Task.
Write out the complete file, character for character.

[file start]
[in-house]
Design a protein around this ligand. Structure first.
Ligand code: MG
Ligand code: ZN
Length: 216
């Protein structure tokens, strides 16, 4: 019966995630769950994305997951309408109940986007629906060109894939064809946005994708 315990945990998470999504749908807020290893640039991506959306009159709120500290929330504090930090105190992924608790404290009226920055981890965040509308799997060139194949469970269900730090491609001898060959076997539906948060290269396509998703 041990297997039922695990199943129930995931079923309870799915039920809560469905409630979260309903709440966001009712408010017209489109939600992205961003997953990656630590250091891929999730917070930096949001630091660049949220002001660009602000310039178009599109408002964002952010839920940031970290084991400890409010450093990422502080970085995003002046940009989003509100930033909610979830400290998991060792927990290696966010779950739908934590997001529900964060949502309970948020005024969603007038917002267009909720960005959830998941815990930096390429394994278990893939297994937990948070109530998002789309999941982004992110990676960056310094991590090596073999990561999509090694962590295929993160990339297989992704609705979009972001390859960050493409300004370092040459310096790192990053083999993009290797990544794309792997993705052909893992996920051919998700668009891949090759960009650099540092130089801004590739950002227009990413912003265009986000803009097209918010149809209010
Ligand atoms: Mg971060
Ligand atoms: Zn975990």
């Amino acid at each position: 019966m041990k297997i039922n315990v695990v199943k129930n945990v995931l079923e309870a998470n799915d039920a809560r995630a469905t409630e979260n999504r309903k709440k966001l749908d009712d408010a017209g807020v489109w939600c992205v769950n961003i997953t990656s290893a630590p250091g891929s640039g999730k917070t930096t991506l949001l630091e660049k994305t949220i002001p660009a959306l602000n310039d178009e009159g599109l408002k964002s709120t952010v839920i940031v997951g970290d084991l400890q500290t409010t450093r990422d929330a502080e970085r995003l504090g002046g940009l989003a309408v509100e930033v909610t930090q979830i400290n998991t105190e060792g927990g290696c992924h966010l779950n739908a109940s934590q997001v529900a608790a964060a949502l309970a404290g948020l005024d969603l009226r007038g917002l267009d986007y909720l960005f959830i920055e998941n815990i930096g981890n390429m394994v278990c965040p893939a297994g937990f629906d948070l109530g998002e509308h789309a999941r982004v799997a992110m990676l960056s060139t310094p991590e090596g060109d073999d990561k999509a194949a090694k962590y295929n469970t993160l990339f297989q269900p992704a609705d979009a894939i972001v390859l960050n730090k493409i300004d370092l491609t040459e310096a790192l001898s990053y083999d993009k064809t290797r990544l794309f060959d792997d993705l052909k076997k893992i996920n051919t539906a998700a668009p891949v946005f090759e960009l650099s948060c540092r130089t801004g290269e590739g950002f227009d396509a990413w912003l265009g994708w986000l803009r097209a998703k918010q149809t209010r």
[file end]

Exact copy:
[in-house]
Design a protein around this ligand. Structure first.
Ligand code: MG
Ligand code: ZN
Length: 216
């Protein structure tokens, strides 16, 4: 019966995630769950994305997951309408109940986007629906060109894939064809946005994708 315990945990998470999504749908807020290893640039991506959306009159709120500290929330504090930090105190992924608790404290009226920055981890965040509308799997060139194949469970269900730090491609001898060959076997539906948060290269396509998703 041990297997039922695990199943129930995931079923309870799915039920809560469905409630979260309903709440966001009712408010017209489109939600992205961003997953990656630590250091891929999730917070930096949001630091660049949220002001660009602000310039178009599109408002964002952010839920940031970290084991400890409010450093990422502080970085995003002046940009989003509100930033909610979830400290998991060792927990290696966010779950739908934590997001529900964060949502309970948020005024969603007038917002267009909720960005959830998941815990930096390429394994278990893939297994937990948070109530998002789309999941982004992110990676960056310094991590090596073999990561999509090694962590295929993160990339297989992704609705979009972001390859960050493409300004370092040459310096790192990053083999993009290797990544794309792997993705052909893992996920051919998700668009891949090759960009650099540092130089801004590739950002227009990413912003265009986000803009097209918010149809209010
Ligand atoms: Mg971060
Ligand atoms: Zn975990």
């Amino acid at each position: 019966m041990k297997i039922n315990v695990v199943k129930n945990v995931l079923e309870a998470n799915d039920a809560r995630a469905t409630e979260n999504r309903k709440k966001l749908d009712d408010a017209g807020v489109w939600c992205v769950n961003i997953t990656s290893a630590p250091g891929s640039g999730k917070t930096t991506l949001l630091e660049k994305t949220i002001p660009a959306l602000n310039d178009e009159g599109l408002k964002s709120t952010v839920i940031v997951g970290d084991l400890q500290t409010t450093r990422d929330a502080e970085r995003l504090g002046g940009l989003a309408v509100e930033v909610t930090q979830i400290n998991t105190e060792g927990g290696c992924h966010l779950n739908a109940s934590q997001v529900a608790a964060a949502l309970a404290g948020l005024d969603l009226r007038g917002l267009d986007y909720l960005f959830i920055e998941n815990i930096g981890n390429m394994v278990c965040p893939a297994g937990f629906d948070l109530g998002e509308h789309a999941r982004v799997a992110m990676l960056s060139t310094p991590e090596g060109d073999d990561k999509a194949a090694k962590y295929n469970t993160l990339f297989q269900p992704a609705d979009a894939i972001v390859l960050n730090k493409i300004d370092l491609t040459e310096a790192l001898s990053y083999d993009k064809t290797r990544l794309f060959d792997d993705l052909k076997k893992i996920n051919t539906a998700a668009p891949v946005f090759e960009l650099s948060c540092r130089t801004g290269e590739g950002f227009d396509a990413w912003l265009g994708w986000l803009r097209a998703k918010q149809t209010r």